After days of issuing updated guidance for skilled nursing operators and other Medicare providers regarding COVID-19, the U.S. Centers for Medicare & Medicaid Services (CMS) is now turning its attention to home health agencies.
CMS issued home health guidance related to infection control and prevention for COVID-19 — often referred to as the coronavirus — on Tuesday night.
While the guidance is largely nothing home health agencies don’t already know, it stands as a reminder of the severity of the situation, which is worsening by the hour.
At least 31 people in the United States have died as a result of the coronavirus, with nearly 1,000 more falling ill. Multiple states have declared a state of emergency to round up additional resources aimed at combating the virus.
“We are arming our providers on the front lines with the information they need to remain safe, while giving quality care to their patients,” CMS Administrator Seema Verma said in a statement. “Today’s guidance will help providers identify patients who may have contracted the disease and minimize further transmission. It will also equip them to get these patients the medical care they need in order to recover.”
CMS guidance to home health agencies is meant to reinforce recommendations set forth by the U.S. Centers for Disease Control and Prevention (CDC), with specific considerations of when it is safe to treat patients at home and when patients should be considered for hospitalization.
CMS’s guidance also suggests home health providers should take a more assertive role in monitoring family-member exposure when caring for patients with known or suspected COVID-19 cases.
“CMS is recommending home health agencies remain vigilant, regularly monitor patients for any symptoms of the virus, and communicate effectively with patients, family members and other caregivers so that the entire care team understands a patient’s individual needs and goals of care,” CMS officials stated.
CMS said that the new guidance is meant to answer questions that the agency has received from Medicare and Medicaid in-home care providers related to the COVID-19 outbreak.
While there aren’t many reports of home health providers caring for patients with confirmed COVID-19 at the moment, CMS encouraged home health providers to continue treatment at home — as long as patients could continue isolation protocols and infection-prevention practices.
Following a logical timeline, home health provider interaction is likely to increase as COVID-19 patients are discharged from the hospital.
“Initially, symptoms may be mild and not require transfer to a hospital as long as the individual with support of the [home health agency] can follow the infection prevention and control practices recommended by CDC,” CMS noted.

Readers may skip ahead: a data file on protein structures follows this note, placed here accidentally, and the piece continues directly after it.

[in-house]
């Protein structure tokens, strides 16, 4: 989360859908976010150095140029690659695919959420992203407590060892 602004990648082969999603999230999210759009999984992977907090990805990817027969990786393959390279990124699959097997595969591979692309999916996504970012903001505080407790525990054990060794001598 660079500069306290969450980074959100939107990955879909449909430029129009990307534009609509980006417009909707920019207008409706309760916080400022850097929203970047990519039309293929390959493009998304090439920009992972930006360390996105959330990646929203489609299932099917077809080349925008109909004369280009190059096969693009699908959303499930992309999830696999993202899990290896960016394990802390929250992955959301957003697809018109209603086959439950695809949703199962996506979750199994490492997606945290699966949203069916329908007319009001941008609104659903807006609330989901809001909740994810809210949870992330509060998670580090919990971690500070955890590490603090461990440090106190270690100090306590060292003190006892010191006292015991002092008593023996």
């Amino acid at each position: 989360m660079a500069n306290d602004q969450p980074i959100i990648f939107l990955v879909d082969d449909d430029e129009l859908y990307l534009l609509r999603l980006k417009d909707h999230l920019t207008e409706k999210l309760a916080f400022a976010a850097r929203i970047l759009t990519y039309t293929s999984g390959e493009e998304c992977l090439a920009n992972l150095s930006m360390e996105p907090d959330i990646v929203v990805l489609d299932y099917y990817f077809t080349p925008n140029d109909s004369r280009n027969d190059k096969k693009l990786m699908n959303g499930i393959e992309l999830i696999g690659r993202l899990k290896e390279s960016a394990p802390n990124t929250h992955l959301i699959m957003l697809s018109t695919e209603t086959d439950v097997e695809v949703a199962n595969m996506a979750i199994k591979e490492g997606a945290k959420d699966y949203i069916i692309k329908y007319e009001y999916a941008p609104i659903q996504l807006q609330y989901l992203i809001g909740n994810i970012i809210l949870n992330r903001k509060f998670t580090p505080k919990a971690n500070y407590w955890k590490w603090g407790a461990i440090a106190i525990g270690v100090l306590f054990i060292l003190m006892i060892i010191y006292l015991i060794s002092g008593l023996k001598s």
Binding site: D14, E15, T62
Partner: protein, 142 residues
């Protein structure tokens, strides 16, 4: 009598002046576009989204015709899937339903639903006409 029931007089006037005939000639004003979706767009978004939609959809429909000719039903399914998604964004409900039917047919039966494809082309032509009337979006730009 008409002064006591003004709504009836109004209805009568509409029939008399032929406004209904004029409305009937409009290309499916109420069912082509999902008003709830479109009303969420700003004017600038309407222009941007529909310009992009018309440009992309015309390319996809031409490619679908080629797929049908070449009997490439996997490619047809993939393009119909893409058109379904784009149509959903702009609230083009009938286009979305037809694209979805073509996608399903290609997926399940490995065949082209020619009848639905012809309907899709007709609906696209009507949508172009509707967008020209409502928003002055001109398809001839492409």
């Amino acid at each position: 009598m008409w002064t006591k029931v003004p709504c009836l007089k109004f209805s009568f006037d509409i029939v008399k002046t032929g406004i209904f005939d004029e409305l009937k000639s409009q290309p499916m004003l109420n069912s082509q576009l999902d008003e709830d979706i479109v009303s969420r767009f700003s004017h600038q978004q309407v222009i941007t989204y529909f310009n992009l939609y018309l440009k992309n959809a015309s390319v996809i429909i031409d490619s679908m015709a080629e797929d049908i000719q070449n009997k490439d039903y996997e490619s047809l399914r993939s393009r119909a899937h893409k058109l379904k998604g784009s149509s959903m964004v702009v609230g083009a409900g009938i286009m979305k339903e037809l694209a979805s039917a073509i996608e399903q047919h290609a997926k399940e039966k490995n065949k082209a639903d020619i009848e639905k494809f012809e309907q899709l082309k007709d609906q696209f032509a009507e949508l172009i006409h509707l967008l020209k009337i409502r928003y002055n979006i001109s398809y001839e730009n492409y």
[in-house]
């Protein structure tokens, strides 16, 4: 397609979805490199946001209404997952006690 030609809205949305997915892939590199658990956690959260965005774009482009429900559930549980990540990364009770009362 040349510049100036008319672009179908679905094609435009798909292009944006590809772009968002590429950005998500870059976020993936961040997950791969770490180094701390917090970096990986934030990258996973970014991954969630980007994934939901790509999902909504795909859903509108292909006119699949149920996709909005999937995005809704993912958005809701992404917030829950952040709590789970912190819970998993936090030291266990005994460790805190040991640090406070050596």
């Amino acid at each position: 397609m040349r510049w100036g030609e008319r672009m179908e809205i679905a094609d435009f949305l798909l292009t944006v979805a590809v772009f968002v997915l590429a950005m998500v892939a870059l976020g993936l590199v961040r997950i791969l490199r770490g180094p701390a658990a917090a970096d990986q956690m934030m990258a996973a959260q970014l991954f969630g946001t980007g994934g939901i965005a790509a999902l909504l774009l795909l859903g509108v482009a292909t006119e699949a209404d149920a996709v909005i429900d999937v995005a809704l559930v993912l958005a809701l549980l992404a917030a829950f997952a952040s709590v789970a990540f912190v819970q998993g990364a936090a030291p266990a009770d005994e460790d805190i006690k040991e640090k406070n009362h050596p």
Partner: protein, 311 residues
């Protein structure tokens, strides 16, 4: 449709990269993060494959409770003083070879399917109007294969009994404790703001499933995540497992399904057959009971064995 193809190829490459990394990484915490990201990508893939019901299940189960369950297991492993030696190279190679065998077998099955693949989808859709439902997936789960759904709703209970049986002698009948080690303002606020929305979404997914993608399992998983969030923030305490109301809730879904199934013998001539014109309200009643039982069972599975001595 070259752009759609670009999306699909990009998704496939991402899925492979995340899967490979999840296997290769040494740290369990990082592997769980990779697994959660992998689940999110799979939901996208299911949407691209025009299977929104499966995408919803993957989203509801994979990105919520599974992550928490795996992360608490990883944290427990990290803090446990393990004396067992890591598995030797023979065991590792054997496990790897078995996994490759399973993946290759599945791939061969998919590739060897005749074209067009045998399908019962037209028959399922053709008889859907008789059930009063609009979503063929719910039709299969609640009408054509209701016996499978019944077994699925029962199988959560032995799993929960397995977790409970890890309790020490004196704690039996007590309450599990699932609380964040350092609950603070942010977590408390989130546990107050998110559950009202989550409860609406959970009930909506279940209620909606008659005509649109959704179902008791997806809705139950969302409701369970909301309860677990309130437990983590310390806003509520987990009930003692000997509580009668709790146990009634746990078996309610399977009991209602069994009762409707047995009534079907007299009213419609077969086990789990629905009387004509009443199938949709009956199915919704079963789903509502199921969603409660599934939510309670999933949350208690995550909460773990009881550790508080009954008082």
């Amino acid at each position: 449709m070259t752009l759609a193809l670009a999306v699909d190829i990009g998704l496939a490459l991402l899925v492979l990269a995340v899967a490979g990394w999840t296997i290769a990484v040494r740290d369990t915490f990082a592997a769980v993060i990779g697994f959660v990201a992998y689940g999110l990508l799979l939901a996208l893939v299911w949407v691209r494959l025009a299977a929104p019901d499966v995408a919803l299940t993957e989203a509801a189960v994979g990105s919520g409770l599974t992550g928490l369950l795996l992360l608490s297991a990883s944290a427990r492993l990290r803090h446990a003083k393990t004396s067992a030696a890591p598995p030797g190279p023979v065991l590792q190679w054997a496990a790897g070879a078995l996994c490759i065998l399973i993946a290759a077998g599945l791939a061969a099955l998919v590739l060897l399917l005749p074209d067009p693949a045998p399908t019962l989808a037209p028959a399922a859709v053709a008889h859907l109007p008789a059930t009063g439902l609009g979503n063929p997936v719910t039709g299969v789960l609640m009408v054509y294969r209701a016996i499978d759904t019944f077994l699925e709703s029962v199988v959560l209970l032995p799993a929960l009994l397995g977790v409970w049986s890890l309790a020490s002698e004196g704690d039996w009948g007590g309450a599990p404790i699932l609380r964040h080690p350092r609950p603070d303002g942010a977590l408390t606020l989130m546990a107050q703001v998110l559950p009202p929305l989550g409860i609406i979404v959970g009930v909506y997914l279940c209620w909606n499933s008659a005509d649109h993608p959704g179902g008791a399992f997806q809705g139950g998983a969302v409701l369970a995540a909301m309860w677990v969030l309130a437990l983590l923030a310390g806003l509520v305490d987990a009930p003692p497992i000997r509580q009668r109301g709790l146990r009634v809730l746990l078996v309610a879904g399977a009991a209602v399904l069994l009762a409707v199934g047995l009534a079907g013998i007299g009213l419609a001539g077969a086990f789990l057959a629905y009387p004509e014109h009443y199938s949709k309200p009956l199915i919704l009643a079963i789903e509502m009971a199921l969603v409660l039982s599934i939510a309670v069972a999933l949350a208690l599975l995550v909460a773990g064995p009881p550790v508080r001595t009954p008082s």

Apart from patient and clinician exposure, some home health providers have begun to worry about supply capacity and maintaining existing Medicare standards.
CMS put some of those concerns to rest.
“State and Federal surveyors should not cite home health agencies for not providing certain supplies … if they are having difficulty obtaining these supplies for reasons outside of their control,” policymakers stated.
Those supplies typically include items such as gowns, respirators, surgical masks and alcohol-based hand rubs.
On Saturday, U.S. Surgeon General Jerome Adams implored Americans to stop buying medical masks, calling attention to ongoing need within the medical community. Throughout the country, masks have widely sold out at stores where available, with price gouging happening online.
National Association for Home Care & Hospice (NAHC) President William A. Dombi discussed coronavirus concerns with Home Health Care News last week.
“This is one of those times when the home health agencies have to figure out where the balance is to be struck between the safety of their staff and caring for the patients that they have,” Dombi said. “When you have patients who are on service already, they are absolutely the priority for care. One of the things we suggest is that agencies take a look at their ability to meet their current patient census.”
Tuesday’s guidance from CMS also included dialysis facilities.
CMS is urging dialysis facilities to identify high-risk individuals prior to appointments or upon arrival and immediately begin screening for fever or symptoms of a respiratory infection. Typically, those symptoms include cough and sore throat.
Generally, CMS urges all Medicare providers to inquire about travel to restricted countries within at least 14 days.